Business suit help you close business
For business attire or business suits, the color is straight forward. The standard color for suits are navy or grey. The choice is limited but it STILL needs to be done right.
There is no other color that looks smarter or flatter one’s skin better than these two colors. Black is too boring, brown isn’t for everyone and light tan or grey is on the casual side.
The color needs to be dark for business and again not that dark that looks like almost black. Navy is the gold standard for business suit. Sometimes men end up buying too dark navy, that is midnight navy blue. Which looks close to black. Midnigh navy looks pale and pasty.
On the other hand, mid blue have become very popular over the years, particularly at weddings. Mid blues would be too strong color for most offices.
In general, the paler and brighter a colour the more casual it is, so if you want to wear a colour like this, have it in something more casual, like a linen jacket.
Navy is serious, professional and yet interesting enough in terms of colour combinations. Midnight blue looks smart with a white shirt and black shoes, but that’s about it. Navy, on the other hand, also looks good with those accessories, but brings out chocolate-brown shoes as well.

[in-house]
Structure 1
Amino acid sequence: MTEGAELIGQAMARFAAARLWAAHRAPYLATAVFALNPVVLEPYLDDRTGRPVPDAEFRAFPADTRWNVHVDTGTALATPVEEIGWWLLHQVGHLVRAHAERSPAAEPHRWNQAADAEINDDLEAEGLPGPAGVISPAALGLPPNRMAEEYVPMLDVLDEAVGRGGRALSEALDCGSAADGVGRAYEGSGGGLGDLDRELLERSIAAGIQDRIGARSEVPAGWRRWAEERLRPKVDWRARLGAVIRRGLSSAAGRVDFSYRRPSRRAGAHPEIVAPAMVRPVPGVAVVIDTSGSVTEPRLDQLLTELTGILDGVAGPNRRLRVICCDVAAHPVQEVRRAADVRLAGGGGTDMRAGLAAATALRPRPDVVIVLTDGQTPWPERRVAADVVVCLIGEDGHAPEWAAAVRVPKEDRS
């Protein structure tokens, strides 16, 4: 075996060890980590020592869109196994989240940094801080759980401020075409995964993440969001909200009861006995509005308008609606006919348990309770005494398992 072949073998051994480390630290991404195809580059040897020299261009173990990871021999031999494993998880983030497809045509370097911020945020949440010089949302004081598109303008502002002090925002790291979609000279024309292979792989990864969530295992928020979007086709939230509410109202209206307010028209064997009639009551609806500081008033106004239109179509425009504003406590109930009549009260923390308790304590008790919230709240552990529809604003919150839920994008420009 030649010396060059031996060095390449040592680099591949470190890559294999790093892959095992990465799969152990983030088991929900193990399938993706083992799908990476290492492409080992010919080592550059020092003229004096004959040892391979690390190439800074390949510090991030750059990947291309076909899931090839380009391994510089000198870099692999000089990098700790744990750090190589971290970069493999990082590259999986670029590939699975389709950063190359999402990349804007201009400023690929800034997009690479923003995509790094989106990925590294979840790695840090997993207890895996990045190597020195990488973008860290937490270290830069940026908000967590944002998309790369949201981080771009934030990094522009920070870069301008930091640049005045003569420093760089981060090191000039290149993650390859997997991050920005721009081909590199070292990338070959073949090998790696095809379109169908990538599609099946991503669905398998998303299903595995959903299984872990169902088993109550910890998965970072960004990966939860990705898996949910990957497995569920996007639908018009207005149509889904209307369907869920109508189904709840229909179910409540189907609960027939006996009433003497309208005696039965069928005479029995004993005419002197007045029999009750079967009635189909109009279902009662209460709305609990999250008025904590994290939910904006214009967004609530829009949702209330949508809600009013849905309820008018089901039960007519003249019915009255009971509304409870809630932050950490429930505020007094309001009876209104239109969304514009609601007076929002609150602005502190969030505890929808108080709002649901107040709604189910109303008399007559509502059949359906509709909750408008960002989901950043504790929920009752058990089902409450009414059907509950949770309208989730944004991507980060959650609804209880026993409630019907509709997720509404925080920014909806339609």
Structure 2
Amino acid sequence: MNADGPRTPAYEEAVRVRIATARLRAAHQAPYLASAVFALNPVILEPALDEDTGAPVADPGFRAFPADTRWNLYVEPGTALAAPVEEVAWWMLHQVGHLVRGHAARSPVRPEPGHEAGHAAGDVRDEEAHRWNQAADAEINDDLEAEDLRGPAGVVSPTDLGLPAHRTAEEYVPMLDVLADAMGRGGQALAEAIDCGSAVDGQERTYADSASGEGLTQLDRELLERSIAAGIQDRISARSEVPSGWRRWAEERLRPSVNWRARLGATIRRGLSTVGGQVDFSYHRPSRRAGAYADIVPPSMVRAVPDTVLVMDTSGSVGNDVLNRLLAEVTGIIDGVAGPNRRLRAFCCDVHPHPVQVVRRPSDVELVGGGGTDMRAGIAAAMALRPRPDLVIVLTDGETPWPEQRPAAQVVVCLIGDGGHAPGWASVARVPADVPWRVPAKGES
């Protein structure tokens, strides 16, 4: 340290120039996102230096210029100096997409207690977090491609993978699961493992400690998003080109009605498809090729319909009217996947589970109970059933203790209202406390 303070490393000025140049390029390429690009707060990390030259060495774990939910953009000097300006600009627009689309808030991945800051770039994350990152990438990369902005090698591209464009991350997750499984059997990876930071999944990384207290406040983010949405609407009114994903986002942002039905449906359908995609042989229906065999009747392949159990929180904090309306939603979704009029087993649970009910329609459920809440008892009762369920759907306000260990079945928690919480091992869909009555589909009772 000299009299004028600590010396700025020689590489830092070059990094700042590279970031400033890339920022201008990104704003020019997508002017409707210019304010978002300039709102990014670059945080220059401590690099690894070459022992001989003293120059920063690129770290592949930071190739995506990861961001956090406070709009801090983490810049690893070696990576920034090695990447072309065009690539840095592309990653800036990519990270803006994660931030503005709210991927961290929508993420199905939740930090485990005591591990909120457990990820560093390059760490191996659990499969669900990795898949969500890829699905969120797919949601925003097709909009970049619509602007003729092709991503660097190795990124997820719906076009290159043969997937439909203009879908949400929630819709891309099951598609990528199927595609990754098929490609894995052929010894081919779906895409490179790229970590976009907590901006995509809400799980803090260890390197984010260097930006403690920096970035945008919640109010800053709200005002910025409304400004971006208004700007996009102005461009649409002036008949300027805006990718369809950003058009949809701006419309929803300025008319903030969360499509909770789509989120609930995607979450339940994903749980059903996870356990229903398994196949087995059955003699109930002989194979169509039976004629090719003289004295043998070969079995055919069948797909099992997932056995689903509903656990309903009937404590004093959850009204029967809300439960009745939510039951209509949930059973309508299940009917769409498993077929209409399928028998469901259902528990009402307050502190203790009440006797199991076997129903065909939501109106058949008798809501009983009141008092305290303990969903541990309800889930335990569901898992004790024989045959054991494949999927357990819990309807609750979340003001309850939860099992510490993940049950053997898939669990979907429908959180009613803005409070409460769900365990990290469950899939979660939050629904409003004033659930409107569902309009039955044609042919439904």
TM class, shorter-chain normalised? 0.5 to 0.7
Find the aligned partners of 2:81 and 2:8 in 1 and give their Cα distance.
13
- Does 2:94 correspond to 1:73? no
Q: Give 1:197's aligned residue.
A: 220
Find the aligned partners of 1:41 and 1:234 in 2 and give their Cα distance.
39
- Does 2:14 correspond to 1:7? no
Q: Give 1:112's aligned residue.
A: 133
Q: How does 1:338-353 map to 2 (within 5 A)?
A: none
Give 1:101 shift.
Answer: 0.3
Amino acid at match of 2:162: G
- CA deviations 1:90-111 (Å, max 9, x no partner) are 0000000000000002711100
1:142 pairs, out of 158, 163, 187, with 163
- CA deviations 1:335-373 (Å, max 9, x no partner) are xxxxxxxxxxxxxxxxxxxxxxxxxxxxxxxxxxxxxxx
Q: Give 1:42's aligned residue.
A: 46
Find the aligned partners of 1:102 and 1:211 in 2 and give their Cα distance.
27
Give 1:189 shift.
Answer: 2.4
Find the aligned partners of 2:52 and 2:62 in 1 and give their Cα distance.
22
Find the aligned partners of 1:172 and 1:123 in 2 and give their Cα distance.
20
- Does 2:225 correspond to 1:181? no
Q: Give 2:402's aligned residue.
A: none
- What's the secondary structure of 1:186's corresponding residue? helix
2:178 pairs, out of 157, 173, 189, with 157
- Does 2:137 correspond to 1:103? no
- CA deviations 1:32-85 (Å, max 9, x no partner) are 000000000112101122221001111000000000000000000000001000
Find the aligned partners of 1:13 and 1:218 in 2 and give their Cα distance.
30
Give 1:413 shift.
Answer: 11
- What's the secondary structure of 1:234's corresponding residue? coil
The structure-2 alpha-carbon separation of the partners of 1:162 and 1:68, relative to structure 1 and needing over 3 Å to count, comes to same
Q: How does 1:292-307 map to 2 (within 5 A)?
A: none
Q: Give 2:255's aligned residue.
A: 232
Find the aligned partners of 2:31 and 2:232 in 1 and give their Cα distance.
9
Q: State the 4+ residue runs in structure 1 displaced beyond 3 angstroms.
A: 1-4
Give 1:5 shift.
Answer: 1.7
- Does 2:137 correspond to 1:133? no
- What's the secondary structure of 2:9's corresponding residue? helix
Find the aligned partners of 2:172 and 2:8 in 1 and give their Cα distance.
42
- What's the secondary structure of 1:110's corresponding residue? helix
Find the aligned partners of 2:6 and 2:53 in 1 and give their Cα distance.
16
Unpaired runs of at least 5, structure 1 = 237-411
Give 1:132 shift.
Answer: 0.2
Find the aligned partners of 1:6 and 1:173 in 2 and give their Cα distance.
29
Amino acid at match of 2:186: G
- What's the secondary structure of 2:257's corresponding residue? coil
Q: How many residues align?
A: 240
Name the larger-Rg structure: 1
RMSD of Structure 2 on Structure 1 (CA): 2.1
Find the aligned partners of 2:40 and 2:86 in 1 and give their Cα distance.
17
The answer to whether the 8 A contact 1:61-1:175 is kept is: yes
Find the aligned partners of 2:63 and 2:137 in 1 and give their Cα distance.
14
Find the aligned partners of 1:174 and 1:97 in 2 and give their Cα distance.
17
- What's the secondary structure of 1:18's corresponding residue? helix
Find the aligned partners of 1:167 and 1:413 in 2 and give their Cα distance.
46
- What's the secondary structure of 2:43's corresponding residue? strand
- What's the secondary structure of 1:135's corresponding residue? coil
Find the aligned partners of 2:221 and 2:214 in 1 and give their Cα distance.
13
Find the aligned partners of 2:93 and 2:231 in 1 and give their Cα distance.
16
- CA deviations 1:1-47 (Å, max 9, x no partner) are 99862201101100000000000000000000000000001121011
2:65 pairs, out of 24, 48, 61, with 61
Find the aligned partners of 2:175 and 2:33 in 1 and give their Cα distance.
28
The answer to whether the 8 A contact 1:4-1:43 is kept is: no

And a blue shirt under a navy suit provides a great background for experimentation with colour in the tie or handkerchief – strong colours against black just look cheap.
Suitable color for business suit
Most of this applies to greys as well. Sometimes men wear grey that is way too dark and looks almost like black and with little texture.
Generally, there are really two good categories of grey that can be worn for business: charcoal and mid-grey. Charcoal is a sober and professional, and works particularly well in flannel, but (like navy) it cannot be mistaken for black.
Mid-grey, however, is kindest of all the suit colours on skin tones – it compliments a good tan, but it doesn’t wash out the pasty. It is for that reason that I would recommend creating a business wardrobe (or commissioning their your bespoke suits) in navy, charcoal and mid-grey.
Mid-grey might feel a little adventurous. It is a touch lighter than the grey suit you would instinctively buy for business.
Don’t be afraid – it will look perfectly serious with a blue shirt, dark tie and deep-brown Oxfords. But it will also work wonderfully in a casual summer setting, with a white shirt, mid-brown shoes and perhaps a white linen handkerchief.
Should I pick a pattern?
If you are getting your first bespoke suit, make it plain. There is enough aspect of the suit to be worried about like; fit, style, color, customization.
When we say plain, it means twill weave. That is a very fine diagonal line running across the fabric. Worst wool (the material that most suits are made of) is rarely plain. There are twills, pinheads, pick on pick which come across as plain but its not.
In general, minor patterns is a good thing. Its gives character to the suit. Unless the desired look is upmost formal, a little pattern or texture adds to the interest of the suit and contrast nicely with tie and shirt. So consider those little patterns to be nothing more than texture.
Herringbone is often a good option for a second or third suit; essentially a broken twill, it adds a touch of interest without sacrificing seriousness.